Along these same lines, AI systems should positively contribute to the greater good of human society. Some of the applications of this principle are obvious -- AI shouldn’t be used to generate fake news or create autonomous killer drones, for instance. But in some cases, the distinction is less clear. If AI is replacing people’s jobs, is that harming humans or enabling societal progress? IT leaders must consider these questions to determine the edge of their ethical boundaries.
No.2: Train AI Systems to be Fair and Unbiased
The age-old question of fairness persists: Does fairness mean to treat everyone the same, or to treat people based on their specific situation? In order to maintain fairness, AI systems should not discriminate. However, this can be at odds with treating people based on their specific situation.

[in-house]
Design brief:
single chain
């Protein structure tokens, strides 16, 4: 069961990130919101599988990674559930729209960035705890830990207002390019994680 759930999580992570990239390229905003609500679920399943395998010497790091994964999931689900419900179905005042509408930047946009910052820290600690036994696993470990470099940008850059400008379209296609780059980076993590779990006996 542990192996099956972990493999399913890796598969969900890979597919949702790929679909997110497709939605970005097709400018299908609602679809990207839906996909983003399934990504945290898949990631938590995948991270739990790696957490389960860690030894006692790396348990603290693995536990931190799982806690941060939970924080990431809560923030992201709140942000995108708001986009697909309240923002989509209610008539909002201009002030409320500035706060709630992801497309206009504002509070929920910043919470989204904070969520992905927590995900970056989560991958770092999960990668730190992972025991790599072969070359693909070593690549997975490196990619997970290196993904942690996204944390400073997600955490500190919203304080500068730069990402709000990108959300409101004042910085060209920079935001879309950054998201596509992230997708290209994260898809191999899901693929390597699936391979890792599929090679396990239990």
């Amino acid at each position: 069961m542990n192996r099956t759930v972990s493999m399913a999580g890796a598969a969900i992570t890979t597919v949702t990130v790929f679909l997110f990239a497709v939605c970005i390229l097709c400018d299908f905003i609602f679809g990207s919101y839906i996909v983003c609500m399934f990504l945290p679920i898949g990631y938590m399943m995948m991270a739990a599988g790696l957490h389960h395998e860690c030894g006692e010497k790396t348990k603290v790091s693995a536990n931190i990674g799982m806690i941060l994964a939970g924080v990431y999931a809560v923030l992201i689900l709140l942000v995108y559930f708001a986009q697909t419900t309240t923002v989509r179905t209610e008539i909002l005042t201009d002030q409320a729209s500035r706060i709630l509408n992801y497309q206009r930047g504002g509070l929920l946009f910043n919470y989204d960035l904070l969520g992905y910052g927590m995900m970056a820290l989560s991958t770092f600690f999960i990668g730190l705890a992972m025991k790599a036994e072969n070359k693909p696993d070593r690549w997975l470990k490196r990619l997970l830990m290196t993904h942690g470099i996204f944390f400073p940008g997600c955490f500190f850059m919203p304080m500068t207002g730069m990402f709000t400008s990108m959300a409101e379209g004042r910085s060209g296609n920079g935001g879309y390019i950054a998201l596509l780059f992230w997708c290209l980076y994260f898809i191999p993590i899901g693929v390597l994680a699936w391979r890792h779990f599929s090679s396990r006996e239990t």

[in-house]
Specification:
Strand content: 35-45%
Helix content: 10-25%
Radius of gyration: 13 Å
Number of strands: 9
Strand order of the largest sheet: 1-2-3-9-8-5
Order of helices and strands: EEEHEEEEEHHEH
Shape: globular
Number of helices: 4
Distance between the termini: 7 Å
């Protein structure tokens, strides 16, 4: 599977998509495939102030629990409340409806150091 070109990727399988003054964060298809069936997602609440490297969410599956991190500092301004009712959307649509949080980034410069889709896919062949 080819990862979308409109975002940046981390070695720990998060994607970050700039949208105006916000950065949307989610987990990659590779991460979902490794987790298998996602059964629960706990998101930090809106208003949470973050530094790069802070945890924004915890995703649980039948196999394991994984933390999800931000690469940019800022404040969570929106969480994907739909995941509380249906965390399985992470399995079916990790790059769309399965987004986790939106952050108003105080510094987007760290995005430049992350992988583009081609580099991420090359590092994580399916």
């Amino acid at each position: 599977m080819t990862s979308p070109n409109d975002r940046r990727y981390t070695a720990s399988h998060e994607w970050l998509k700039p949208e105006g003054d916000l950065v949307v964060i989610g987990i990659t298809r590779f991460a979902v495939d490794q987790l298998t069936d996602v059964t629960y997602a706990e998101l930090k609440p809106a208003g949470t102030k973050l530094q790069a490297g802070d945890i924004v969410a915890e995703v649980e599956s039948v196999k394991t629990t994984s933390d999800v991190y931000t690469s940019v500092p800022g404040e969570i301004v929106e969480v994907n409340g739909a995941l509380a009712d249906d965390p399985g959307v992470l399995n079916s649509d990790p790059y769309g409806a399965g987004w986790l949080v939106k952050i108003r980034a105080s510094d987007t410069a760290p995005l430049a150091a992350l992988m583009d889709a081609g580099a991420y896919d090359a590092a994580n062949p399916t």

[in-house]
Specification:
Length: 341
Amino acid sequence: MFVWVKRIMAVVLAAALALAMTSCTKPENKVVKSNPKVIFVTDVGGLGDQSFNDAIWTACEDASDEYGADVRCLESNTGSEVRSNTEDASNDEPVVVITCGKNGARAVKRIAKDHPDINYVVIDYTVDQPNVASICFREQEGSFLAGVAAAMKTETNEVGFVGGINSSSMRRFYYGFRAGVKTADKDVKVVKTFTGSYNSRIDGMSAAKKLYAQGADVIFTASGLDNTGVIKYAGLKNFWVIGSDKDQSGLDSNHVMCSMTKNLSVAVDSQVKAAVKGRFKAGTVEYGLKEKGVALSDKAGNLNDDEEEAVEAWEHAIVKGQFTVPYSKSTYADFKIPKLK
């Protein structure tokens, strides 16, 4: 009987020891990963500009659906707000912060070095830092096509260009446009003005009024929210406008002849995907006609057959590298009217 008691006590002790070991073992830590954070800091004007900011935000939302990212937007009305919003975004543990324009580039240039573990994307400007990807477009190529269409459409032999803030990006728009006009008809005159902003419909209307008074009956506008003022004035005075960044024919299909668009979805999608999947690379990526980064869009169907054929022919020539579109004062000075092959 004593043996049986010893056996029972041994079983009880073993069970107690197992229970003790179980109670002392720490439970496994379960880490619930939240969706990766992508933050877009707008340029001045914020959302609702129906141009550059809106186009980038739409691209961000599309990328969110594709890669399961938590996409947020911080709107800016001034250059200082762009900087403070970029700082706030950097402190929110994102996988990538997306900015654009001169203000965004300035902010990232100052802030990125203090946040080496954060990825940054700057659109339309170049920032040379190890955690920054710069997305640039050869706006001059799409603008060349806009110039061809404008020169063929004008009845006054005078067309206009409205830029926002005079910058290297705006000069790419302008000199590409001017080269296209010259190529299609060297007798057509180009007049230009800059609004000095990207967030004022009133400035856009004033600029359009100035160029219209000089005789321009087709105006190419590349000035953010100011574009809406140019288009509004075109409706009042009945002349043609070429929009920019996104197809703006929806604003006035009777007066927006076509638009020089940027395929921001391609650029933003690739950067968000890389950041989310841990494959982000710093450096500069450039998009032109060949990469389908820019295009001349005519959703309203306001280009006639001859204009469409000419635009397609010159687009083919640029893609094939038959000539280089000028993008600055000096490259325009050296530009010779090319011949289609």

AI systems don’t make the same decision every time; they are trained to make choices based on situational context. Therefore, the fairness principle requires IT leaders to ask what information can be used by the system, versus what information is considered undesirable bias.
No.3: Rely on a Transparent and Explainable AI Strategy
The Turing Test was originally designed to determine whether a computer’s behavior could be indistinguishable from a human’s. Now, the test has been reversed: How can we be sure we are talking to a machine? A commonly agreed-upon ethical principle is that users should be fully aware of when they are interacting with AI-enabled systems. After all, legislation will require that 100% of conversational assistant applications, which use speech or text, identify themselves as being nonhuman entities by 2021.